Geoff Nelder escaped from his roots in the south of England and now lives in the north. He would do most things for a laugh but had to pay the mortgage so he taught I.T. and Geography in the local High school. After thirty years in the education business, he nearly become good at it. A post-war baby boomer, he has post-grad researched and written about climatic change, ran computer clubs and was editor of a Computer User Group magazine for 11 years. He read voraciously after his mother enrolled him in the children’s science fiction book club when he was four, and has written for fun since his fingers moved independently. His experiences on geographical expeditions have found themselves into amusing pieces in the Times Educational Supplement and taking his family on house-swap holidays years before they became popular added both authenticity and wild imagination to his creativity.
Geoff lives in Chester with his long-suffering wife and has two grown-up children whose sense and high intelligence persist in being a mystery to him.
Today, he’s talking about Xaghra’s Revenge. It was published on July 23, 2017. It’s 360 pages and was published by Solstice Publishing. And he’s lucky enough to have a YouTube trailer for the book: https://www.youtube.com/watch?v=P76jl8qMdEg
Note: Most people pronounce Xaghra as zagra. The Maltese would say shaara.
When Reece and Zita become lovers, past and present collide as the spirits of their ancestors force them to relive one of the greatest battles of the 16th century.
Xaghra’s Revenge follows the fate of a sixteenth century abducted family, and of two contemporary lovers thrown together by the ancients. Reece and Zita are unaware that one descends from the pirates, the other from the abducted family. While ancient Gozo spirits seek revenge, so do the Ottoman Corsairs, who intend to roll back history, and this time win the siege of Malta.
The history is real. The places are authentic. The tension and excitement are palpable.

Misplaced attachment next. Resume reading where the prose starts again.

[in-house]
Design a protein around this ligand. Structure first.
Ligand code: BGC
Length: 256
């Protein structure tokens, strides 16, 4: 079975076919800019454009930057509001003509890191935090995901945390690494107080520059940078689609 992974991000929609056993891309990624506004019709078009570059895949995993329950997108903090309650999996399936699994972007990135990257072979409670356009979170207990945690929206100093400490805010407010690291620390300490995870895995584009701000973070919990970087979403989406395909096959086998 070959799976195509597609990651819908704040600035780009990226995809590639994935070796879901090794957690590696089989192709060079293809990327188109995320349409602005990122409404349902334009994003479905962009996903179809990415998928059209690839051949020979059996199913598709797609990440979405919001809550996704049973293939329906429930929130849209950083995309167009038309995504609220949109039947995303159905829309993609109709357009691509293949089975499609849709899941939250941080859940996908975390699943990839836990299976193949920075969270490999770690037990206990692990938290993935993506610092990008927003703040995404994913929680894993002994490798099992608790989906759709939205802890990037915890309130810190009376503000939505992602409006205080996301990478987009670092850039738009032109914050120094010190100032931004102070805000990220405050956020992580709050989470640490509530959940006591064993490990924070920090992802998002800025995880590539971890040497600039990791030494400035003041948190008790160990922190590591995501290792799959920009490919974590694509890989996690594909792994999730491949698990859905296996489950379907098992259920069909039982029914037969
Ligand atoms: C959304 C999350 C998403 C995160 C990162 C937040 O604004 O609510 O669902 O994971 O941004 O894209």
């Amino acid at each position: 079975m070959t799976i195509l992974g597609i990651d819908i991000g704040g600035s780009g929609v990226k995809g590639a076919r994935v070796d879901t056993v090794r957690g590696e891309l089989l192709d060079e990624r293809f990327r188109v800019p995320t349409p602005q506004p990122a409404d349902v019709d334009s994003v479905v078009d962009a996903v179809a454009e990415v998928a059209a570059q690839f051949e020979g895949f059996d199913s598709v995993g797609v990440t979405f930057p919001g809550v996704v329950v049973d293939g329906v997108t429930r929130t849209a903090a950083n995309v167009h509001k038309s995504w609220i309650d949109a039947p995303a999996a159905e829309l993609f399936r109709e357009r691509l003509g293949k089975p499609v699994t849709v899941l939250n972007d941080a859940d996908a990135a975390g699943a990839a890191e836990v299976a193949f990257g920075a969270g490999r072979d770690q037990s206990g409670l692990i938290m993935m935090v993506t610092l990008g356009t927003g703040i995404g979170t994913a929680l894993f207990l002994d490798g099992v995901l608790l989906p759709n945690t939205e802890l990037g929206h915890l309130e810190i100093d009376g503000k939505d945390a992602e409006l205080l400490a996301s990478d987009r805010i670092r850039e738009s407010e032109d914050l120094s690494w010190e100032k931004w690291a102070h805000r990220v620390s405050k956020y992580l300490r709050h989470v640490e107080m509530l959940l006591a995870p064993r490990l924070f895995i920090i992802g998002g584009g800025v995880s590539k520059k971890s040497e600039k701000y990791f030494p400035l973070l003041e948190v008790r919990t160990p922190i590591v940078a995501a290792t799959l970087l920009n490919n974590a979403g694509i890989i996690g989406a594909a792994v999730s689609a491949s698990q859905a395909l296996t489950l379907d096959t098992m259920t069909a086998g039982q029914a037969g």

“A gripping tale, full of energy and mystery, keeping you wanting for more with every line you read.” John Bonello, First-Prize Winner of the Malta National Book Award
“I liked it. There’s a foreground of interesting characters combined with a skilfully fed-in hint of weirdness.” Jaine Fenn – Hidden Empire series.
Link to buy Xaghra’s Revenge: http://myBook.to/Xaghra
Why did you decide to write this book?
The Maltese islands, not far from Italy, is a popular tourist honeypot for Brits and more recently for Japanese and Americans. Everyone speaks English and it sports an ancient history. While on vacation there I visited a nearby tiny island, Gozo. To my horror I discovered that in 1551 pirates abducted its people, threw them onto a fleet of 148 galleys and after sailing them to Libya, sold them as slaves. Some to row, farm, or to be harem women. Those souls cried out for revenge. I gave it to them.
What genre is your book?
It’s a historical fiction with a strong element of fantasy. It’s also horror and some hot sex – what genre is that- romance?
Do you consider your book character-driven or plot-driven?
The characters drive the plot. Yep, the plot is crucial here: a revenge for a vile kidnap, rape, destruction of lives act, but the people are larger than life here too. Funny because in April 2018 the hotel in Malta at which I stayed to do the research invited me back to do a signing. A splendidly elegant Maltese lady handed me my euros and asked what historical fiction books I’d read before writing my own. I rattled off a few then added that all of them, like so much historical fiction, focused on the rich, the nobility, royalty and knights. (Fair enough because readers have heard of them and suppose more facts are known blah blah). However, while I reference those powerful players in history, I concentrate on the humble man and woman – ordinary folk to whom extraordinary things happen. “Ah,” she says. “It is good to feature the humble. My partner is a Knight of the Order of Saint John you know.”